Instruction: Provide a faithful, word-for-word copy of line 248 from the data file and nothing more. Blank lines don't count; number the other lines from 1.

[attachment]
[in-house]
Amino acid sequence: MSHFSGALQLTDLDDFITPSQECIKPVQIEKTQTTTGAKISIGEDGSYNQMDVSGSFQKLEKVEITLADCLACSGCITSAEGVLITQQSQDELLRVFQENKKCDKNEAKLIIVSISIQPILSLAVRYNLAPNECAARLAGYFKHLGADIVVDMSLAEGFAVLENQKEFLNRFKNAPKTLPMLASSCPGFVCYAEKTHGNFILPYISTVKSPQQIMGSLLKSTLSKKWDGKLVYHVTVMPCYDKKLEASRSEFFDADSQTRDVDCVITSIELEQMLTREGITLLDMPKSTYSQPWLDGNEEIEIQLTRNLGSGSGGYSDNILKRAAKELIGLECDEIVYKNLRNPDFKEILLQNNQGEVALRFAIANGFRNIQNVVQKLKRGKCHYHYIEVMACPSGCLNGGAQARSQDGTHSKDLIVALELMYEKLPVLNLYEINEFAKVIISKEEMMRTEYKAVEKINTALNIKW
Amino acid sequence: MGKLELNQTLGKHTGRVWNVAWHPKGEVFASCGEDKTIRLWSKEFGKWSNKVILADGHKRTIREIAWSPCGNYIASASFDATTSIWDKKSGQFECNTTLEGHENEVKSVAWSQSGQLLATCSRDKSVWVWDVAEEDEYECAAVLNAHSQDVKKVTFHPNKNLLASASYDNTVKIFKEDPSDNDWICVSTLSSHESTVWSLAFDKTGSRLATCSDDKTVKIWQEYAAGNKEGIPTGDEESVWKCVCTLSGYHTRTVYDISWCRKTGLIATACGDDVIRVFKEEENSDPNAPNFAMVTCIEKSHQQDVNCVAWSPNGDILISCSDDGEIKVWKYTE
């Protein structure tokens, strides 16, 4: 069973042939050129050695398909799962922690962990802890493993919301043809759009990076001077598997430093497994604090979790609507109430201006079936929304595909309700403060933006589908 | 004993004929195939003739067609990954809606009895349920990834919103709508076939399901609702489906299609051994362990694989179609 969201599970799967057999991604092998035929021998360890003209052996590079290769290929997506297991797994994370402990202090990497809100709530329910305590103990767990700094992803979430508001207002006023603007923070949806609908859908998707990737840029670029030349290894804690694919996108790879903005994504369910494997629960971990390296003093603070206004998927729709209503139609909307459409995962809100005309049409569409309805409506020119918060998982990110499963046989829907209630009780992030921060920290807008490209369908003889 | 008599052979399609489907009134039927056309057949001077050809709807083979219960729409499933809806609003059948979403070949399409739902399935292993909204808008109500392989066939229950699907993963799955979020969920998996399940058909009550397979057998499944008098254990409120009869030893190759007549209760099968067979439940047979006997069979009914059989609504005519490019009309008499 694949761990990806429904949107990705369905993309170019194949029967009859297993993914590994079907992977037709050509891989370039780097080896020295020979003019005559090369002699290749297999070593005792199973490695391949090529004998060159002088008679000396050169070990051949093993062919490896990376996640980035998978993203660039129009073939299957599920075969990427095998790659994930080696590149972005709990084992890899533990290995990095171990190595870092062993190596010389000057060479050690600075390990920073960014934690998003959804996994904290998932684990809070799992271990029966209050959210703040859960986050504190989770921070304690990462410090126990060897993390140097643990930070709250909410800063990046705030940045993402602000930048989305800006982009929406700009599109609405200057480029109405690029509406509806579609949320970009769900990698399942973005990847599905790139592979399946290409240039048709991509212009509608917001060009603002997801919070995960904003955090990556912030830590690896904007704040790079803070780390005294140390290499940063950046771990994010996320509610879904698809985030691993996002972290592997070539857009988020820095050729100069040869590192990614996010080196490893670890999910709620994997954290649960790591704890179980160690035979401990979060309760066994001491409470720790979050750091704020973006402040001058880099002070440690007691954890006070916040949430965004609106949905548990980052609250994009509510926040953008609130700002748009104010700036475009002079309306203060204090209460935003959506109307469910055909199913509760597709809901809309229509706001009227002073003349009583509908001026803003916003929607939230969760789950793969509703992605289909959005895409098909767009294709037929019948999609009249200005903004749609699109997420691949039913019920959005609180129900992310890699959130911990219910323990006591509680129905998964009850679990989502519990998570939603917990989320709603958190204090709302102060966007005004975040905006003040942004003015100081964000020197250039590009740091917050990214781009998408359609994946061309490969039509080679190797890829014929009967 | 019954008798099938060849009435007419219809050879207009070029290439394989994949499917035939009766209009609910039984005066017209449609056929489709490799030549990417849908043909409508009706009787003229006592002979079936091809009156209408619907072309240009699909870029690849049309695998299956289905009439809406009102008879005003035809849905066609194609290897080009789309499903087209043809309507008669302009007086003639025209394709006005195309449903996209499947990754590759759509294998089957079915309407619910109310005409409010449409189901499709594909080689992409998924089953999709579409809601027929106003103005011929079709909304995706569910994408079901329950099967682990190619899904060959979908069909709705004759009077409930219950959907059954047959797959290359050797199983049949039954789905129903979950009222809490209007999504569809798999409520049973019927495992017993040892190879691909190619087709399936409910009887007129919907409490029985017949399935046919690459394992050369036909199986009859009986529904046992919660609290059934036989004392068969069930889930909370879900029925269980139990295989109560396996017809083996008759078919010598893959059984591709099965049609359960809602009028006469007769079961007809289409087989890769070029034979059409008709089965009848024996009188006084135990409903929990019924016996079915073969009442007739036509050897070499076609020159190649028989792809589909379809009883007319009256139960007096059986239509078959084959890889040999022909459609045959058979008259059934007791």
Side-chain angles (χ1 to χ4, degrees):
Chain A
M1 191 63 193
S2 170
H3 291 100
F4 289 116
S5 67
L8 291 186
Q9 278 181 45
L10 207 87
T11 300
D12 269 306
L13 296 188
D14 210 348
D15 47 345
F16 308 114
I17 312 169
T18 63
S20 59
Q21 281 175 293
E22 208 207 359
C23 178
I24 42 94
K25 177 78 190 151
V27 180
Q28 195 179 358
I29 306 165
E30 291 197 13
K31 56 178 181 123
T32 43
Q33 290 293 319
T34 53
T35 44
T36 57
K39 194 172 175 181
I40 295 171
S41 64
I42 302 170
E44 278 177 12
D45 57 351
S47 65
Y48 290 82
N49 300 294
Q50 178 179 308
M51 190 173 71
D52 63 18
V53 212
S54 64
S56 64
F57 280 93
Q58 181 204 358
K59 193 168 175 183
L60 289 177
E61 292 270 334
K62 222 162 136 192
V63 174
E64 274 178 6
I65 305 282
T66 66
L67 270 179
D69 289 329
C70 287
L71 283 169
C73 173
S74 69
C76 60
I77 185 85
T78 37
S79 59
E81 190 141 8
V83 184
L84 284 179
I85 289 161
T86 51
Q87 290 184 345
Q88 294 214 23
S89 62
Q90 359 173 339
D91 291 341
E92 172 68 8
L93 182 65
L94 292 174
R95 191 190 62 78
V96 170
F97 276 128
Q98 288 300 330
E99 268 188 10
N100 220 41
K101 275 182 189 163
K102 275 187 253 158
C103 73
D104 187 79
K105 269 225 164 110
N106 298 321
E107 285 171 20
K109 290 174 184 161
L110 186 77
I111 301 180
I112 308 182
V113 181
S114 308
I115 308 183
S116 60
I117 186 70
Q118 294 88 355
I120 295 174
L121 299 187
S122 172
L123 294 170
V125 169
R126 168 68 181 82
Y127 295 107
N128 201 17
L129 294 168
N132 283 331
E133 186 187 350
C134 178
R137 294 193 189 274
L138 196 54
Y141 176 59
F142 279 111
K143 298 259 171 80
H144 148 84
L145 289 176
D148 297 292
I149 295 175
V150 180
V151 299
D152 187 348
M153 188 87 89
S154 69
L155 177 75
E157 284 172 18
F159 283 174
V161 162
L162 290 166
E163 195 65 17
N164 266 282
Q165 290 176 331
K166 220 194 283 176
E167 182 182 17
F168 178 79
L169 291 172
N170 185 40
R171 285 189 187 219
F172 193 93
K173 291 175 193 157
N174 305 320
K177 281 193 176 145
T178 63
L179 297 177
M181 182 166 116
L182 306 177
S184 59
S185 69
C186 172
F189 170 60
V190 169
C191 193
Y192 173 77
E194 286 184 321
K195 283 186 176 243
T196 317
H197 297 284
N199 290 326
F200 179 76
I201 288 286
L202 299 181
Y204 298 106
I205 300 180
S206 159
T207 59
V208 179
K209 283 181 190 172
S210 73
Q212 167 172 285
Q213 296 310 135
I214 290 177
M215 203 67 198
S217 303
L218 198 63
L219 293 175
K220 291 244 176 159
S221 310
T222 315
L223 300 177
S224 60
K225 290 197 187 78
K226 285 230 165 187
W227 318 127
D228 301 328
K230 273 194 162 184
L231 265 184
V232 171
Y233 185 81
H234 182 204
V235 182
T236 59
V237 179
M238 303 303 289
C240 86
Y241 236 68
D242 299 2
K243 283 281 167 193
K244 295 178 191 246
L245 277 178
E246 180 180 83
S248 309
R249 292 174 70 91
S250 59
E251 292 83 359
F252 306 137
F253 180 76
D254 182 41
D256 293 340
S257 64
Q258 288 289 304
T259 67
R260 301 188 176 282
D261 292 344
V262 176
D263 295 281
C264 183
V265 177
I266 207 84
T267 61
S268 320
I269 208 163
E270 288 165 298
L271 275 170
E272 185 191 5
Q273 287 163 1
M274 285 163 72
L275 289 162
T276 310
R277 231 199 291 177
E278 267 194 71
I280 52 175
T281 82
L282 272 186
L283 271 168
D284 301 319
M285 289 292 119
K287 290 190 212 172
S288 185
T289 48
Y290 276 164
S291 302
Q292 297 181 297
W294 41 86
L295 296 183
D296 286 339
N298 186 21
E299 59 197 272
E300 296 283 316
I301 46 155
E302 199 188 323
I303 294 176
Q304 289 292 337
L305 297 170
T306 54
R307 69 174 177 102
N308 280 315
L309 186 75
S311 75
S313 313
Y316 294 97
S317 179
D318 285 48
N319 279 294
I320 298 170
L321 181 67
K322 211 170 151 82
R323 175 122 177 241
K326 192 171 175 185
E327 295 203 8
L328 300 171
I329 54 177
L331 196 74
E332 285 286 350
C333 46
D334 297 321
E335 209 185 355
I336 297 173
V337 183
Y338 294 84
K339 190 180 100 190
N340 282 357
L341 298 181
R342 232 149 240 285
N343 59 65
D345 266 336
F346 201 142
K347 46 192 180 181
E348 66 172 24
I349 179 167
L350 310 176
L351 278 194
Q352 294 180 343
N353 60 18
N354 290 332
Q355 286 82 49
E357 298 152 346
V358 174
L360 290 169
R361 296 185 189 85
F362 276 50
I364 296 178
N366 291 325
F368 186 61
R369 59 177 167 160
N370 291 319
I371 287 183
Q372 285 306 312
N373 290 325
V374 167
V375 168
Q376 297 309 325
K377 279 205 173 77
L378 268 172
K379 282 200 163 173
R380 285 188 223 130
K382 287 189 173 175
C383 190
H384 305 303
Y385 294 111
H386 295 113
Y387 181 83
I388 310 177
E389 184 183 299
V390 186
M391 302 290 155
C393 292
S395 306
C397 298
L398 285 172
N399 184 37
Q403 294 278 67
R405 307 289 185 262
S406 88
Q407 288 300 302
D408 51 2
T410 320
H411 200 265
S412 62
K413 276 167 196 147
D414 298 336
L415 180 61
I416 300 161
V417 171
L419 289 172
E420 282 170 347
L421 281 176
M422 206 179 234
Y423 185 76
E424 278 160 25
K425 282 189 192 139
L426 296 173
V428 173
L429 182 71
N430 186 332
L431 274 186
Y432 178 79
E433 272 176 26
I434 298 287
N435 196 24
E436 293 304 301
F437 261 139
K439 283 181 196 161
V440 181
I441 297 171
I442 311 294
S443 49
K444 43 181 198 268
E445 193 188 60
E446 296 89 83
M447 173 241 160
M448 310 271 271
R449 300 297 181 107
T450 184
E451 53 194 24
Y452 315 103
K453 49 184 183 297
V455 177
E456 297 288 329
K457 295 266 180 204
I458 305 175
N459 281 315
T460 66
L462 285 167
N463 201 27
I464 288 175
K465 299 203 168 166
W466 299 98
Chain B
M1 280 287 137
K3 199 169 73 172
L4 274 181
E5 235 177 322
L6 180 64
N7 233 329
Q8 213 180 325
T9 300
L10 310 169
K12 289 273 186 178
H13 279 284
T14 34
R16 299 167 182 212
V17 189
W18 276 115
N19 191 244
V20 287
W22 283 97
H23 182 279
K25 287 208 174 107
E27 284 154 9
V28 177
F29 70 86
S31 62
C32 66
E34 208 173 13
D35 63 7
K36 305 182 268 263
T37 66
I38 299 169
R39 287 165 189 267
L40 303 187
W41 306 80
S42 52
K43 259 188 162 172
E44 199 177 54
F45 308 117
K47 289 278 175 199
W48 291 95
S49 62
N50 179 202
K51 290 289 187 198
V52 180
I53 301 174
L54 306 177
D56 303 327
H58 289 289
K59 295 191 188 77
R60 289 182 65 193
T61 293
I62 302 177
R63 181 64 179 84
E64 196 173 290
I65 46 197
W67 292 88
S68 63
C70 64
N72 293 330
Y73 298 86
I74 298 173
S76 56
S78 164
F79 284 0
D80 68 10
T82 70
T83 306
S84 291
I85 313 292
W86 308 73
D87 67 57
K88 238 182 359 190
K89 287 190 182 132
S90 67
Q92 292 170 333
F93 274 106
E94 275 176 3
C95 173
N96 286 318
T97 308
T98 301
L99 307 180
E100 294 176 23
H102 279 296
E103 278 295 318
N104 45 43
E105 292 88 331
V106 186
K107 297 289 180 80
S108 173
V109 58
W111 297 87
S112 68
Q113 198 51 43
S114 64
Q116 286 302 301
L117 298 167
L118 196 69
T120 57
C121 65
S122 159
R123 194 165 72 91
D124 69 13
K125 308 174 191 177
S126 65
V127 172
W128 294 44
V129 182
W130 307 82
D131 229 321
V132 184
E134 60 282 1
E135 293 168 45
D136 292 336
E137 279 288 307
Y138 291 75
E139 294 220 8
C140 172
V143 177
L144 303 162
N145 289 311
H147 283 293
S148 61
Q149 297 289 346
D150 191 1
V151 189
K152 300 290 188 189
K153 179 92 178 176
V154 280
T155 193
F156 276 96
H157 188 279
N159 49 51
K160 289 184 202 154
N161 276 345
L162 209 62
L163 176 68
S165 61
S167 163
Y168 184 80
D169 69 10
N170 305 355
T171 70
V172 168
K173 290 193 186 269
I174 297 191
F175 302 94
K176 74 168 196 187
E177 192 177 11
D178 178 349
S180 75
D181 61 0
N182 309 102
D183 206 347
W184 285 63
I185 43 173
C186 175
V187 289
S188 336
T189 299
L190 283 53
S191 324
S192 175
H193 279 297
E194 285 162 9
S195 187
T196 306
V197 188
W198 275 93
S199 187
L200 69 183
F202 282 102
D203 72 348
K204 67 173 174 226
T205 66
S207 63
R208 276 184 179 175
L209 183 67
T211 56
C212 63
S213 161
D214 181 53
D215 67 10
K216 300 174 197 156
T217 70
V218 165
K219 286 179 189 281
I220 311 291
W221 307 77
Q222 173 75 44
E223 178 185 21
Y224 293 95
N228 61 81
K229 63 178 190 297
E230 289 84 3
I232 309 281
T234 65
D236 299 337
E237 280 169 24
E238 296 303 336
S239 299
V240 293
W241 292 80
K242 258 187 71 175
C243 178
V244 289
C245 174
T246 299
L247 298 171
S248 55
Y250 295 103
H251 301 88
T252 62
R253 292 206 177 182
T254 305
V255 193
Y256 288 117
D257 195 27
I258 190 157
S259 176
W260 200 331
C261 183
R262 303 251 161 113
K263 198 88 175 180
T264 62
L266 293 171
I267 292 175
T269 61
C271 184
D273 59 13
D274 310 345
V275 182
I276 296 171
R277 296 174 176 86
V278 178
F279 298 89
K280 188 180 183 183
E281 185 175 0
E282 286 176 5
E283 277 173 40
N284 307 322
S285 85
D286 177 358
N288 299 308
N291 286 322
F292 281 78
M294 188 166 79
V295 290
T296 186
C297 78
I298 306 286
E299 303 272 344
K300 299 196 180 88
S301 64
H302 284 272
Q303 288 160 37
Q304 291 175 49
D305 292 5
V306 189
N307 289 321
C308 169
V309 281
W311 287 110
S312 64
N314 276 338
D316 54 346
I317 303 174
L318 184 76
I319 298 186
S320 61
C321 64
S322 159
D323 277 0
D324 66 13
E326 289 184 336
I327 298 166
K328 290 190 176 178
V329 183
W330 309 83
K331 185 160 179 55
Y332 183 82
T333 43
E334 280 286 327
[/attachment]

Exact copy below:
K287 290 190 212 172